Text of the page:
Storm Highway by Dan Robinson
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                   Tuesday, April 30, 2024

April 2024 Storm Chasing Recap

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This is a running-updates post for events covered in April 2024.

April 2024 Event List

April 1: St. Louis supercell and lightning

Two supercell tornado targets were evident this day. The first, and what I thought was the better, target was along the dryline in southeastern Oklahoma where deep-layer and low-level shear would be very good toward sunset. Models indicated isolated supercells in this area. The second tornado threat was along a warm front that stretched east across northern Missouri into central Illinois, not far from the St. Louis metro area. Supercells were also shown by models south of the front in the St. Louis metro. Although the warm front was the most likely location for tornadoes, the ambient warm sector still had a sufficient low-level wind profile for tornadoes. Again, as I've said many times, if there's a tornado risk at home,. I'm usually not going to go anywhere - and today was no exception.

The problem with both targets was extensive cloud cover and precipitation that threatened to greatly hinder destabilization. However, a nice area of clearing had developed in southern Missouri, with that air mass in line to move into the St. Louis area. The warm front itself to the north was completely socked in with clouds and precip, and didn't appear that it would be an option for good storms. I initially drove up to Wentzville to await the development of storms that models suggested would start on the eastern edge of the area of stratiform rain. This indeed did happen, and the first storm ramped up quickly to the southwest. I moved down to Dardenne Prairie to get my first look at it:

The storm continued to organize and turn hard to the right, with the mesocyclone tracking just south of Highway 40 (I-64). This was the view at Chesterfield.

I moved ahead of the storm to Ladue as the strengthening circulation prompted a tornado warning. An occlusion was visible here, but I had to use my drone to get a view of it. A tornado was confirmed to have just ended or possibly still be in progress at the time of this image.

The storm was moving a little faster than I expected, so I decided to go into Illinois to get ahead of it again. I accomplished this via I-255 at Pontoon Beach. The storm's low-level meso had weakened, but it had some interesting laminar stacked plates:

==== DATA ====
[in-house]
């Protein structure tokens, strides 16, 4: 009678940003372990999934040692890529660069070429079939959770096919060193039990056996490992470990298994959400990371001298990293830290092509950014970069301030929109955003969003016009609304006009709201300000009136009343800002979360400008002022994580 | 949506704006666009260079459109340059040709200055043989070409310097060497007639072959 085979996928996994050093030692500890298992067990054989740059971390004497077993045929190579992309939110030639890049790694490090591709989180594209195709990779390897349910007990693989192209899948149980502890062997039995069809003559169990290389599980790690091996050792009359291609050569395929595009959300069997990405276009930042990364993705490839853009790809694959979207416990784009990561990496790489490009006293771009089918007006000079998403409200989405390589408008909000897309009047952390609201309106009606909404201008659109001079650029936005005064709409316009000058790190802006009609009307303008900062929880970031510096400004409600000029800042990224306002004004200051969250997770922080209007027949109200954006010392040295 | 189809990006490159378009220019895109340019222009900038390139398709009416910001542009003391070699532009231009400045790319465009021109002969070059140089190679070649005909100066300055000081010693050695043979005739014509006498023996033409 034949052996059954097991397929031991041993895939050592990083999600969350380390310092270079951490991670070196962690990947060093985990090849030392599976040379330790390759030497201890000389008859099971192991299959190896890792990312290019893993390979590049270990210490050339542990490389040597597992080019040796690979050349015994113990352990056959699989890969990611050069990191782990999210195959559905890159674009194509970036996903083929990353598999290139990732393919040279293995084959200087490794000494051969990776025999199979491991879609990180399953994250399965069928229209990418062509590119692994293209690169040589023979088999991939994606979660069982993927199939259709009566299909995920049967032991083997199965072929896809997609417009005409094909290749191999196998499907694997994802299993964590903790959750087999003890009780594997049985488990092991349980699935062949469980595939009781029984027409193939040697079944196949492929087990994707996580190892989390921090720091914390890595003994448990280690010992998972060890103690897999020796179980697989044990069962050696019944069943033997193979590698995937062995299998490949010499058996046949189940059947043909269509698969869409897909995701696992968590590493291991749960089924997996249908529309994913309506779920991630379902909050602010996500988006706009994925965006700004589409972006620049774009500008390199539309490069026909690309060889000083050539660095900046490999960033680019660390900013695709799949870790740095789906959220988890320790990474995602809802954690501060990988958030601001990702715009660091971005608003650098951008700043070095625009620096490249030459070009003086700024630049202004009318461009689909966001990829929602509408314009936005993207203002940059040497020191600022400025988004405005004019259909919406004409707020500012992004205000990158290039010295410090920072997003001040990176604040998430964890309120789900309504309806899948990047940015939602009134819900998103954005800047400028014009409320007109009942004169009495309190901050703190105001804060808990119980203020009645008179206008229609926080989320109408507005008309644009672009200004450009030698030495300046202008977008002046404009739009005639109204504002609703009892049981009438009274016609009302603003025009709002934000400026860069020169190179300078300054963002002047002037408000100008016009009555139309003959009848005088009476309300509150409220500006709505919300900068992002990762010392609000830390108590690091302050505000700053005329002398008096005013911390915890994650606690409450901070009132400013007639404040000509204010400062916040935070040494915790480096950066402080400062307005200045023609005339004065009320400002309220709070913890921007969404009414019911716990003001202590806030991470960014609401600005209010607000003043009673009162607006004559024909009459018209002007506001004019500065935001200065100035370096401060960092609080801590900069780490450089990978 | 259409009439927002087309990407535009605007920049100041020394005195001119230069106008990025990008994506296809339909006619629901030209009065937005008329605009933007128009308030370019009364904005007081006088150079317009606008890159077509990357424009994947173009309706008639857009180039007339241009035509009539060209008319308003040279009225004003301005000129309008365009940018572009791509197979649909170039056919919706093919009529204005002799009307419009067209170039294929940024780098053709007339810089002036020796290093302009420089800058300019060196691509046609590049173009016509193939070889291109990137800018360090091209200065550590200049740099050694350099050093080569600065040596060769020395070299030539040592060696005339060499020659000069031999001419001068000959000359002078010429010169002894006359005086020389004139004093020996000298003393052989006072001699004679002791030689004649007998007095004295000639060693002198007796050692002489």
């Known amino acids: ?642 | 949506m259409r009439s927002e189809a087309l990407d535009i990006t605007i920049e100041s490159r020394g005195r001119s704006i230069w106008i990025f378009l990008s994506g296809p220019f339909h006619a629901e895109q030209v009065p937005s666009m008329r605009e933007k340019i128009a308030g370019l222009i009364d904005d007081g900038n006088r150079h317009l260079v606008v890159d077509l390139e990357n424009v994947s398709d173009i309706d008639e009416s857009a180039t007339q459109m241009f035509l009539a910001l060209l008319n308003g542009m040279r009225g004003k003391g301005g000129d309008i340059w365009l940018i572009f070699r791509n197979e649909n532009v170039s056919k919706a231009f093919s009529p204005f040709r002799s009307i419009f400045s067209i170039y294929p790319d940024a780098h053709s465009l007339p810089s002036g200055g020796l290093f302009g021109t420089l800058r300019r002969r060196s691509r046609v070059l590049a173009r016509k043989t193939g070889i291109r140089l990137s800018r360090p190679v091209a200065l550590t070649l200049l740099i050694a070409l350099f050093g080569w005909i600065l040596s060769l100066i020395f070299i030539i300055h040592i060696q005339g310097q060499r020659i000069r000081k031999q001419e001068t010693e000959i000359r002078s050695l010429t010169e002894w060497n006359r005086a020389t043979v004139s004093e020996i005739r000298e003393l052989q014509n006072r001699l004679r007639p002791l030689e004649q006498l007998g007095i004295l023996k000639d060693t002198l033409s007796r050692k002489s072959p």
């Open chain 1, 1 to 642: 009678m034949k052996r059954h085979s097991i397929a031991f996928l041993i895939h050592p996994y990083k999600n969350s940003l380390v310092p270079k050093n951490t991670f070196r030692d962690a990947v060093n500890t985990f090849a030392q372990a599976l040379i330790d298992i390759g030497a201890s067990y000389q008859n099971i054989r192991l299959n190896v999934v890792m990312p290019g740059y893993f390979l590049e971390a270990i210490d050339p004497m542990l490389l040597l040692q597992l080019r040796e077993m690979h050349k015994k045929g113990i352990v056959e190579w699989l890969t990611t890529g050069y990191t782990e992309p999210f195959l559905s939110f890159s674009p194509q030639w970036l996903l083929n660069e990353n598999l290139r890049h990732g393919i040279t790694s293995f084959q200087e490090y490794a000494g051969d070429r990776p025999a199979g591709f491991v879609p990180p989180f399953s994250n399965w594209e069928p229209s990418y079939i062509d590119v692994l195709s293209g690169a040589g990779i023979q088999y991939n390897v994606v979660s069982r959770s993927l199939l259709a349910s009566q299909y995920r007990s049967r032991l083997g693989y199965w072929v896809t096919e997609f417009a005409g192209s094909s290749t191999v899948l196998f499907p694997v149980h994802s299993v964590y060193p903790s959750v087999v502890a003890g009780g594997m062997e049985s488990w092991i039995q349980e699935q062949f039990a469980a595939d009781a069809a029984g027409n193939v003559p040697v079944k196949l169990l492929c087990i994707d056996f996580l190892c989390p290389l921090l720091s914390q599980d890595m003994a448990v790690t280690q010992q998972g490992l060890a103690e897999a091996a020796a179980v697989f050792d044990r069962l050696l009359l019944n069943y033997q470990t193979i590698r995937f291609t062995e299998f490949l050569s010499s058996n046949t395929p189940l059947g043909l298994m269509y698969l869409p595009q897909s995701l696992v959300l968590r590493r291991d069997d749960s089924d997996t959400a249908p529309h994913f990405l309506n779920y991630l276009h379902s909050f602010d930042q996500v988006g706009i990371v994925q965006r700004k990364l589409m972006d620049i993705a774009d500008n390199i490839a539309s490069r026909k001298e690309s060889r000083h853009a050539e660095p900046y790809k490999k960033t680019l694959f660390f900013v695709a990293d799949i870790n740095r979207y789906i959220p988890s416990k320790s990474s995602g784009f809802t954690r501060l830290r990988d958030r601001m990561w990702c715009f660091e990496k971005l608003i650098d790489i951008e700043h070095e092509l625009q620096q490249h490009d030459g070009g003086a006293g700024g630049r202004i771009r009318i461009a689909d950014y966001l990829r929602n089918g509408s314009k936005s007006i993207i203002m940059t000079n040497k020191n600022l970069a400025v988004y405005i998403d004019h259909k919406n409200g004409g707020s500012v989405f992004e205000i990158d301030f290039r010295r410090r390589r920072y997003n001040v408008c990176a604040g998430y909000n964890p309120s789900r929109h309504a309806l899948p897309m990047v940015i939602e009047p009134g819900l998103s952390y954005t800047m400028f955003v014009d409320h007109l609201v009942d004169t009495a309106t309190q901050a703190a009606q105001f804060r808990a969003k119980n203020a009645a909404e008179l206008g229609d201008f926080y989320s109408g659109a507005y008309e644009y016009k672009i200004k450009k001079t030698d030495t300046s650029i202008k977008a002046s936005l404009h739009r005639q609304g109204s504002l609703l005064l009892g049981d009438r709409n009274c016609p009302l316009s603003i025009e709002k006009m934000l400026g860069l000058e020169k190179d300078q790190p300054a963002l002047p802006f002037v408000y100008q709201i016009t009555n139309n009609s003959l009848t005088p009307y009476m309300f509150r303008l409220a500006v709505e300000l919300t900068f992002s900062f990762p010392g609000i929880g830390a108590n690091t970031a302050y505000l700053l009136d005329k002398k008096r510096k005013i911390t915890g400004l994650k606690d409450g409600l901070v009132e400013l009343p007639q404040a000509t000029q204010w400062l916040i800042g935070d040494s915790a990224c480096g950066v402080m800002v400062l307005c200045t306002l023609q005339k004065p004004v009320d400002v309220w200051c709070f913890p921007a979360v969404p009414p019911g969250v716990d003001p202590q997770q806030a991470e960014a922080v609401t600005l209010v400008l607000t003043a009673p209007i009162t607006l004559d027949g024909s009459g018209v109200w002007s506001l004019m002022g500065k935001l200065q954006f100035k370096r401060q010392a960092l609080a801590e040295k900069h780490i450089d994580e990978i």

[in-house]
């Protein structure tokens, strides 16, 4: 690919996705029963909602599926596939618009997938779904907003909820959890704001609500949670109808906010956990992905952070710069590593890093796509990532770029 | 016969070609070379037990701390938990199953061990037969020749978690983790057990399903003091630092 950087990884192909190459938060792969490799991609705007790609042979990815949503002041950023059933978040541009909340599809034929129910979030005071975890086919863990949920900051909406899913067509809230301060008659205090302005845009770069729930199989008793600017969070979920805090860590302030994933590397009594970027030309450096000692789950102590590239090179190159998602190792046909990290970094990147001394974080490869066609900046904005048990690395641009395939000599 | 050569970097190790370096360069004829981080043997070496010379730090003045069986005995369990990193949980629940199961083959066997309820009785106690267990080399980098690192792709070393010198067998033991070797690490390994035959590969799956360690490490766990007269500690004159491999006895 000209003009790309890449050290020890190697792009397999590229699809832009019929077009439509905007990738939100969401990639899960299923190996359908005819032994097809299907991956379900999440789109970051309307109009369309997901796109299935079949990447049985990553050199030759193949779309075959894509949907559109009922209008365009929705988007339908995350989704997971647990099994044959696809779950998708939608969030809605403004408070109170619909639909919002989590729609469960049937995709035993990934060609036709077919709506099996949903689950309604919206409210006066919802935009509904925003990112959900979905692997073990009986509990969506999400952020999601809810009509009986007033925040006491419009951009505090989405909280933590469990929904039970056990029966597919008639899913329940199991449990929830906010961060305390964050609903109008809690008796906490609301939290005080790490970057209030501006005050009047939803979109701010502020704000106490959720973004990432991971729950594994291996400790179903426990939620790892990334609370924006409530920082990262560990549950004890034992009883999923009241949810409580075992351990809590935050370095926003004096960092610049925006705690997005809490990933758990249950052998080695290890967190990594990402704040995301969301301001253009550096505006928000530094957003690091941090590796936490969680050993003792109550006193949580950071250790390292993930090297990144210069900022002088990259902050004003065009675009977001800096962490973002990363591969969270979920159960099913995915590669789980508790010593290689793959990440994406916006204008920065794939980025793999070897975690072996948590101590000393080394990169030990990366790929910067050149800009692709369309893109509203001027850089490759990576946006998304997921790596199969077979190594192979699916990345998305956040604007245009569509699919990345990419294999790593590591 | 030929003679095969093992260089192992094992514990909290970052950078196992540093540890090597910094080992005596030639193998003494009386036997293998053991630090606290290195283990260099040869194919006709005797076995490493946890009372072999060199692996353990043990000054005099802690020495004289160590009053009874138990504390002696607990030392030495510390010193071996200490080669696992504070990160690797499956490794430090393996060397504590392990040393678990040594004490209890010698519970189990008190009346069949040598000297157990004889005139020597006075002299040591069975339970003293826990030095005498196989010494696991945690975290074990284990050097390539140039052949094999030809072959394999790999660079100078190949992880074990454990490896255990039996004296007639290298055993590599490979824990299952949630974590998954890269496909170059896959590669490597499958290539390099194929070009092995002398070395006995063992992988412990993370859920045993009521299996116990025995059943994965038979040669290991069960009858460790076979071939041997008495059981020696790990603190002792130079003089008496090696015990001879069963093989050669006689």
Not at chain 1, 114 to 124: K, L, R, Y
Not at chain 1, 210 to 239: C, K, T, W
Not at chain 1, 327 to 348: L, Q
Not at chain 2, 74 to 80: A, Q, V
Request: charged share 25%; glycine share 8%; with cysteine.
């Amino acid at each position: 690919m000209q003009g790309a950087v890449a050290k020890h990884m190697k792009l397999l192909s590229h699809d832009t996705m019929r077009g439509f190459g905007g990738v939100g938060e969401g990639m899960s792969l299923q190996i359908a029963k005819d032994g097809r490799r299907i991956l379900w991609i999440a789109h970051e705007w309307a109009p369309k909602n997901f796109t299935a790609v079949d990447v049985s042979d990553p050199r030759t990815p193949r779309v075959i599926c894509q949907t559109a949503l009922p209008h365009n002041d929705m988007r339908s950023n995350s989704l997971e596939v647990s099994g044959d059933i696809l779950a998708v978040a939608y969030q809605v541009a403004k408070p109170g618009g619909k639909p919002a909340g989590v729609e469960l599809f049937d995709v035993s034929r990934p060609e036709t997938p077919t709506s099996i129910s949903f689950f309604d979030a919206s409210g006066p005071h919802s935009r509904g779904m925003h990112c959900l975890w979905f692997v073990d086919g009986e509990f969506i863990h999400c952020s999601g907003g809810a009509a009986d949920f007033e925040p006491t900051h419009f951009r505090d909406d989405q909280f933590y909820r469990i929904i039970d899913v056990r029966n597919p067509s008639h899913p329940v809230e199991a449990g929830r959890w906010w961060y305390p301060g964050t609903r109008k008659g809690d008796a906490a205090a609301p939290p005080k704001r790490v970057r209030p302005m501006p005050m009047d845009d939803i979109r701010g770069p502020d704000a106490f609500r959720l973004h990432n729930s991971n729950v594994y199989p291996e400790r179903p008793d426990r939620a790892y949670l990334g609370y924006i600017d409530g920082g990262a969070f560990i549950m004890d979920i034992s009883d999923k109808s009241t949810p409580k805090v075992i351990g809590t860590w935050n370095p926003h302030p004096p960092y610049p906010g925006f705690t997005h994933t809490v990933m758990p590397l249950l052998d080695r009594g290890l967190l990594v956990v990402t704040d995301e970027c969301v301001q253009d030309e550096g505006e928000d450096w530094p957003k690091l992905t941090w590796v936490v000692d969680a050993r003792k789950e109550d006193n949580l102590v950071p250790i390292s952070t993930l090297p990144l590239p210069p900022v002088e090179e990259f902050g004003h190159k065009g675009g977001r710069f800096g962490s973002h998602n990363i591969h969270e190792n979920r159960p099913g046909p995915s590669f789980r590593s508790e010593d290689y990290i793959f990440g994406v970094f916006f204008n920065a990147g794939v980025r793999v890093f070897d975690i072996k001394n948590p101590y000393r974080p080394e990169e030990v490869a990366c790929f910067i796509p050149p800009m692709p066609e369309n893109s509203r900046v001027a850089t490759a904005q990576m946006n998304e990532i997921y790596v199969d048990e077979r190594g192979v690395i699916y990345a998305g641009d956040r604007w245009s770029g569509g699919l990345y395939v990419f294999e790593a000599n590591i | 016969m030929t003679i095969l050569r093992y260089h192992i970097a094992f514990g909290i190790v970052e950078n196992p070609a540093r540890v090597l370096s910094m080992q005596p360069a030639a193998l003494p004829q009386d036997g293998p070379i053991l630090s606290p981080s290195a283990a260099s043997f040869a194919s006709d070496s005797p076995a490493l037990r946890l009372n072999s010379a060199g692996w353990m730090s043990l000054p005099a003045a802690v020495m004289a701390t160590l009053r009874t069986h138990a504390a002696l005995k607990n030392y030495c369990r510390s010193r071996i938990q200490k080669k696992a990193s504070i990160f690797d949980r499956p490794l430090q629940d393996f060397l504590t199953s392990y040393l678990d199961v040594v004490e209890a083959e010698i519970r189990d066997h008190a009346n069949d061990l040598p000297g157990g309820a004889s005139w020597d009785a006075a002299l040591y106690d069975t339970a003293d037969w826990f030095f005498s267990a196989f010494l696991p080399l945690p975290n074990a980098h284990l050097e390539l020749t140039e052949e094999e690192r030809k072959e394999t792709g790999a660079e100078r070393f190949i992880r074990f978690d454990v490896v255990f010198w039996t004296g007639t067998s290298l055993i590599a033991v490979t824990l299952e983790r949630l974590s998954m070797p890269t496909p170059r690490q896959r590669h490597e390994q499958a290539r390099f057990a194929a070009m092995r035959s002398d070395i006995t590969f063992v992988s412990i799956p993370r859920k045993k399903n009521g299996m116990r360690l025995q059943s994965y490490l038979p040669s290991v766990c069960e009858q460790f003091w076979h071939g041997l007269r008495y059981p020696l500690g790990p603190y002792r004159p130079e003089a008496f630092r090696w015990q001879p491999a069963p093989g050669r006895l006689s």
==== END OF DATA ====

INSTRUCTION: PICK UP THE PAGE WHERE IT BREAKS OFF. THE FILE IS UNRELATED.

A midlevel funnel appeared on the western side of the storm, apparently associated with an old occlusion:

I went back to Brentwood for a short dinner break at sunset, then headed to the parking garage to shoot lightning in the large area of storms and electrified stratiform approaching the area. I ended up having to switch to another location due to the strong southerly winds blowing rain onto the lens, then returning to the parking garage after storm outflow turned winds northwesterly. I only captured one somewhat distant cloud-to-ground bolt while stopped way down during a short interval of close lightning.

With the next day looking to be a long all-day trip, I needed to get home to sleep. I packed up at 11:30pm before the arrival of the last round of electrified stratiform that would be arriving sometime well after midnight.

April 2: Jeffersonville, Indiana tornado (Louisville metro)

I captured a tornado in the northern Louisville metro area. This event has its own page here.

April 8: Total solar eclipse of April 8, 2024: Vermont and New Hampshire

Virginia Beach chaser Bill Coyle, my brother and his family from Raleigh, my sister and her family from Boston and I traveled to Vermont and New Hampshire to observe the 2024 eclipse.

This event has its own page with photos, video and a log of the trip.

April 11: Lightning at Richmond, Indiana

During my return trip westward from the eclipse, I passed through a storm system moving through the Midwest and Appalachians. The 10% tornado risk area in eastern Ohio and West Virginia outlned by the SPC appeared to be busting, thanks to widespread clouds and precipitation early in the day. So, I continued farther west where some breaks in the clouds were creating some instability close to the surface low on the Indiana/Ohio border. The first few blips on radar appeared along I-75 from Cincinnati to Dayton, so I exited I-71 and headed through Xenia to Park Layne to intercept the strongest one. I arrived to find a weak shower with no structure or motion in the updraft base. I headed west on I-70 to the Indiana border where some showers were encountering the area of instability. One of these intensified into a thunderstorm that moved through Richmond. I intercepted it on the east side of town. A hazy wall cloud was visible, but only briefly. There was some sporadic lightning. My dashcam captured a relatively close strike along I-70.

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